Modern history

19

Austria

ON JUNE 2, 1919, a brief ceremony took place in the great hall of the old royal château at St.-Germain-en-Laye on the outskirts of Paris. Delegates from Austria, representing a morsel of what had once been a great empire, received their peace terms at a table covered with a red carpet, as the rows of allied delegates stared at them. The Czech prime minister, who knew several of the Austrians from the time they had all been colleagues, ostentatiously turned his back. The walls were decorated with pictures of animals, now extinct, from the Stone Age. “Several among us,” remarked Mordacq, Clemenceau’s aide, “could not help but notice that.” 1

Austria-Hungary, the vast collection of territories painstakingly assembled since the thirteenth century by the Habsburgs, was already disintegrating before 1914. At its heart the link between the Austrian territories (which included Slovenia, Bohemia and Moravia as well as the German lands) and the kingdom of Hungary (which ruled over Slovakia and Croatia) had become as tenuous as the hyphen which joined their two names. The Habsburgs had always found it wise to compromise with Hungary. In 1867, weakened by defeat at the hands of Prussia, they made the greatest compromise of all: the empire was now the Dual Monarchy, a partnership between two states, each with its own parliament. They still had the same ruler in Franz Joseph but he was emperor in the Austrian territories and king in Hungary. They used the same postage stamps and coins, negotiated a common foreign policy and, with much wrangling between delegations from each parliament, they shared expenses. Otherwise, each ran its own affairs.

Hungarian nationalism was not the only nationalism buffeting the empire in the decades before 1914. In the north, the Poles and the Czechs were stirring and in the south Italians were agitating to join the newly unified Italy. Serbs, Slovenes and Croats talked of greater autonomy, perhaps even a South Slav state of their own. If Hungarians had autonomy, why shouldn’t others? Franz Joseph, driven by the great but simple object of handing on what he had inherited to his successors, step-by-step gave way on nationalist demands to preserve the façade of imperial unity. In both his parliaments, the one in Vienna and the one in Budapest, the deputies increasingly organized themselves along national lines.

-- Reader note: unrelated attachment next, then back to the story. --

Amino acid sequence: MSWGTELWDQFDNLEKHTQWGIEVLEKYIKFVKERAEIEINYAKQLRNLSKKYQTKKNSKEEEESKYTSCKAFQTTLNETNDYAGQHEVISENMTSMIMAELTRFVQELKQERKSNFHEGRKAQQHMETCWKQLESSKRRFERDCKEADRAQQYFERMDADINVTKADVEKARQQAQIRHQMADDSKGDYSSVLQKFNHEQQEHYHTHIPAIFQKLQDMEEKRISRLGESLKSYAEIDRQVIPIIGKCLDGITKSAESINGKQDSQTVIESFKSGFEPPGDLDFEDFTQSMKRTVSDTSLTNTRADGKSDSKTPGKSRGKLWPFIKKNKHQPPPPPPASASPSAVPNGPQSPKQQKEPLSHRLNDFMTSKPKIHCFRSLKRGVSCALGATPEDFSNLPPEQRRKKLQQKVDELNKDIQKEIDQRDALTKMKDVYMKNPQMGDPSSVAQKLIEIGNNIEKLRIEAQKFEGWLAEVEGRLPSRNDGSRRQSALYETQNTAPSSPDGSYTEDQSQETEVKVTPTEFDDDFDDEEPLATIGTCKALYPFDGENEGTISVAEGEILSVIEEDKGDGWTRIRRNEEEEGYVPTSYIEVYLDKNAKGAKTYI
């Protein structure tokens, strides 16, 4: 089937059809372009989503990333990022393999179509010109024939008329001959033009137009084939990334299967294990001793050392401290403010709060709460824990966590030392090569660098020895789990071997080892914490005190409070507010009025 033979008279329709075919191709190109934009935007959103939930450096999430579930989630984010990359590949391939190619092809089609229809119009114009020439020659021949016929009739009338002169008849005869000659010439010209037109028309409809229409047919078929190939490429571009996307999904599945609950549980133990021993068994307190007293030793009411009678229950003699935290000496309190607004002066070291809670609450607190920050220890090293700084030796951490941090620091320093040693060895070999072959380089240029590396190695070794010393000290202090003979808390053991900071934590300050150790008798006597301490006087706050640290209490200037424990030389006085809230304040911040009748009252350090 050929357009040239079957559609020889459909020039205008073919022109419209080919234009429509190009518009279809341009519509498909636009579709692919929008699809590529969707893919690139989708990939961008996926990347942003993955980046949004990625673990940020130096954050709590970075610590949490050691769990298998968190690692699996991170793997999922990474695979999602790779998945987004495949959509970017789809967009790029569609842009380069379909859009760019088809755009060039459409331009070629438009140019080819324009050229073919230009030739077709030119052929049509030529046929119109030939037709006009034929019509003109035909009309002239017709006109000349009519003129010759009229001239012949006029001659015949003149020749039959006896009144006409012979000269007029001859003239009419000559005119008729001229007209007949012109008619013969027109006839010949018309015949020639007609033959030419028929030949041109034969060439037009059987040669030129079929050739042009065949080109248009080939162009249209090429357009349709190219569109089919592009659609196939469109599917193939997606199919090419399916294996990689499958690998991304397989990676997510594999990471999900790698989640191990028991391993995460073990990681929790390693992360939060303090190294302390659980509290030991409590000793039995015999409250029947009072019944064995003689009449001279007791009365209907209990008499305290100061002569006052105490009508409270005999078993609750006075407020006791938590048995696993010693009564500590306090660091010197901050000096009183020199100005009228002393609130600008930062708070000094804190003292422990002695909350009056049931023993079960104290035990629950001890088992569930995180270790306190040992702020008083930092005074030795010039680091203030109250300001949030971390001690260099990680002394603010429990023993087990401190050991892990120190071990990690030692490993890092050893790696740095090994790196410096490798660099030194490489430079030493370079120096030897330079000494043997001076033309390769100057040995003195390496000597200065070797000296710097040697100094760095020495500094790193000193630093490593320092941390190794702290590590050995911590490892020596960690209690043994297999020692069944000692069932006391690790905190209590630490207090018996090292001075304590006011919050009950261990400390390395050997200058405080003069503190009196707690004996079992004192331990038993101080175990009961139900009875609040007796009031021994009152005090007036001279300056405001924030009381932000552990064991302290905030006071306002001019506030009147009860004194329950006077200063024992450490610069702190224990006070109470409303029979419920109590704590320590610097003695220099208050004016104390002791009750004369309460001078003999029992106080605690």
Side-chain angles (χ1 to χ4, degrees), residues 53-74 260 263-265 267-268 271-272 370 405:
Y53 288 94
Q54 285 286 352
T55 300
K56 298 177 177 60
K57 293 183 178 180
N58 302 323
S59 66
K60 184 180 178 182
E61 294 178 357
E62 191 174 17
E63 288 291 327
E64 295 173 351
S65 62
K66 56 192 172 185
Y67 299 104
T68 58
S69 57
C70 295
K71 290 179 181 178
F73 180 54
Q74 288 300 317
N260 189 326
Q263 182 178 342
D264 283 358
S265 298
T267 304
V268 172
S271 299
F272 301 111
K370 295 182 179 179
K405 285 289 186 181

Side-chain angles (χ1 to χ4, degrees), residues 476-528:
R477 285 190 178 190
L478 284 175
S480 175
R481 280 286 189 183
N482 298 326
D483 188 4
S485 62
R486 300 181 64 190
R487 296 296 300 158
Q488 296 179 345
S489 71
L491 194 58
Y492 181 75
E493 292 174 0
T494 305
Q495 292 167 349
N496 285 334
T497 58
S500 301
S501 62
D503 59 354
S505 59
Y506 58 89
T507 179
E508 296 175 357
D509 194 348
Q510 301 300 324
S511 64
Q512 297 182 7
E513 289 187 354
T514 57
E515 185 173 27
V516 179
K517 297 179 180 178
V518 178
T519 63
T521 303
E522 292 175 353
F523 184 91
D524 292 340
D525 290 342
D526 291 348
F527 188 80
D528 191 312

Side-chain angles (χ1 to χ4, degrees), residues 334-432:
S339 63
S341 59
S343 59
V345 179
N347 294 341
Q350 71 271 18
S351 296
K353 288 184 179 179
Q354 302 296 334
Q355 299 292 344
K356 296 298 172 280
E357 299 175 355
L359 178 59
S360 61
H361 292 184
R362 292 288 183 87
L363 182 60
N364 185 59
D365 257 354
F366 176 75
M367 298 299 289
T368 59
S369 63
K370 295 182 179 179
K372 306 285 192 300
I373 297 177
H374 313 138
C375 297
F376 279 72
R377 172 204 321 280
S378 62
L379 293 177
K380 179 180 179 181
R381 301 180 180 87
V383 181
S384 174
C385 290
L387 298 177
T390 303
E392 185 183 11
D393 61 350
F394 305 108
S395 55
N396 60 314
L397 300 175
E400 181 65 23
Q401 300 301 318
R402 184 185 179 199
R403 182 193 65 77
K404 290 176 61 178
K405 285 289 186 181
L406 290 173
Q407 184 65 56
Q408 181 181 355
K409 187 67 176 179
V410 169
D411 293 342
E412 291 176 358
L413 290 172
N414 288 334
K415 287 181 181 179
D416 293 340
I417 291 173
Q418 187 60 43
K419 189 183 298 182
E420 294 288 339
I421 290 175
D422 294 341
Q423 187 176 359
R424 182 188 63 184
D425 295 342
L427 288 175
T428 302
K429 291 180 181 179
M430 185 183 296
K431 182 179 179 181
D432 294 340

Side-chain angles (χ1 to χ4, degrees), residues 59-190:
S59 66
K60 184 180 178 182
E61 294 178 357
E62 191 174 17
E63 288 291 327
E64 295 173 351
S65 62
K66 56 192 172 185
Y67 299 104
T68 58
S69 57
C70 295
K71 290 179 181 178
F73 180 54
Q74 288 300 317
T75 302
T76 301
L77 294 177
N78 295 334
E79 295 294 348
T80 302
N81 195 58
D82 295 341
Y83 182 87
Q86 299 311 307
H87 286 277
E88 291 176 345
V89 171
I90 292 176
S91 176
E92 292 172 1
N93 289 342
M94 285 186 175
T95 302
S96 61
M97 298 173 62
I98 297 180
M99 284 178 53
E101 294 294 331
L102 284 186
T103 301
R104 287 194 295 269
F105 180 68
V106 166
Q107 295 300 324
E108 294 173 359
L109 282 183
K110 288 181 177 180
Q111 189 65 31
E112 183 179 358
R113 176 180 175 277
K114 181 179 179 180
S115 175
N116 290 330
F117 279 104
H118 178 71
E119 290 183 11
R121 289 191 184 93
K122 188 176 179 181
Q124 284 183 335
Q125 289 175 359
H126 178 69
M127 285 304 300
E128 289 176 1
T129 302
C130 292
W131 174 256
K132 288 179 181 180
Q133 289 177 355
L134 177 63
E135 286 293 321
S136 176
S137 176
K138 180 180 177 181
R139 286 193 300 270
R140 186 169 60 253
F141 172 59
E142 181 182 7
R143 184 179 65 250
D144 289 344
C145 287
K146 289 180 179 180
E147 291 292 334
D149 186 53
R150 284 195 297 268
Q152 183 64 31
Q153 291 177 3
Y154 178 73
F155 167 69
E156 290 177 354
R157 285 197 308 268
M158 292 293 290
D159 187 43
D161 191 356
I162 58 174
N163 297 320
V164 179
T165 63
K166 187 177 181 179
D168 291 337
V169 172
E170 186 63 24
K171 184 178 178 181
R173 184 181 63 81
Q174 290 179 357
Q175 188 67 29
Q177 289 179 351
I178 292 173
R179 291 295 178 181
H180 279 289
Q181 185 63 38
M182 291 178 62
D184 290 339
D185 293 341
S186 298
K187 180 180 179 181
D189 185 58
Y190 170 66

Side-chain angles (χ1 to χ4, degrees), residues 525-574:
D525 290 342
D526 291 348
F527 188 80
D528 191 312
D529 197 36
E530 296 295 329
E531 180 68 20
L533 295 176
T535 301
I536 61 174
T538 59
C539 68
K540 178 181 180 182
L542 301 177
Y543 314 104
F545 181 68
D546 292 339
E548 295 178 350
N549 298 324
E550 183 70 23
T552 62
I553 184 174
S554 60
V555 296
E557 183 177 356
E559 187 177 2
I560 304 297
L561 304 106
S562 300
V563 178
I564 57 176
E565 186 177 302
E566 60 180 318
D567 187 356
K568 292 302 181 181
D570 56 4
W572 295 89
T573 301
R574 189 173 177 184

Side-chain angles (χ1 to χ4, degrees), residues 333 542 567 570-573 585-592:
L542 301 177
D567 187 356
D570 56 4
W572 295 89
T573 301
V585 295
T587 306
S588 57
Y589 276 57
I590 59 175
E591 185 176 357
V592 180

By the 1890s, the old emperor faced yet another challenge, from the new Austrian Social Democratic Party. Inspired by Karl Marx and drawing on the growing industrial working class as well as middle-class liberals in the great cities, it demanded universal revolution inside a reformed empire. Dr. Karl Renner, the affable and clever son of a Moravian peasant, who was the leading Socialist thinker on the national issue and a prominent Socialist deputy from 1907, downplayed the destructive threat of nationalism. He proposed an ingenious solution: each individual would be assigned to a nationality and each nationality would have an empire-wide body which would look after matters dear to nationalists such as culture and education. He was behind the times—or perhaps too far ahead of them. Nationalists in Austria-Hungary, as elsewhere, increasingly wanted their own states. Even his own party, the Social Democrats, for all its talk of working-class solidarity, was affected by nationalist rivalries.

In the last years of the peace, Austria-Hungary went from one political and constitutional crisis to the next. The Great War simply gave the final blow. “We were bound to die,” said Count Ottokar Czernin, one of the empire’s last foreign ministers. “We were at liberty to choose the manner of our death, and we chose the most terrible.” The civilian and military bureaucracies, never efficient at the best of times, fell apart under the strain of war, and national rivalries turned to hatred: Germans for Hungarians and Slavs for both. From 1915 onward, desertions from the army grew sharply as Czechs, for example, asked themselves why they were fighting for German or Hungarian officers against fellow Slavs especially as the war was going badly for Austria-Hungary. In the second half of 1916, the Russians won a great victory in Galicia and the Rumanians entered the war on the Allied side, temporarily seizing Transylvania. German troops salvaged the situation but the result was to leave Austria-Hungary very much the junior partner in the alliance. When the Austrian government urged Germany to consider a negotiated peace, it was met with a contemptuous lack of interest.2

In November 1916, the old emperor, a faded symbol of better days, finally died. It was increasingly clear that the peoples of the empire were tired of the war and, more dangerous, tired of the old order. The news from Russia in February 1917 brought warning of where such moods could lead. “If the Monarchs of the Central Powers are not able to conclude peace in the next few months,” warned Czernin, “the people will do so over their heads.”3 The new emperor, Karl, a gentle and sickly young man, sent out peace feelers to the Allies, which he was careful to keep secret from Germany. These went nowhere largely because the Italians, who had much to gain from the complete defeat of Austria-Hungary, were adamantly opposed to a separate peace.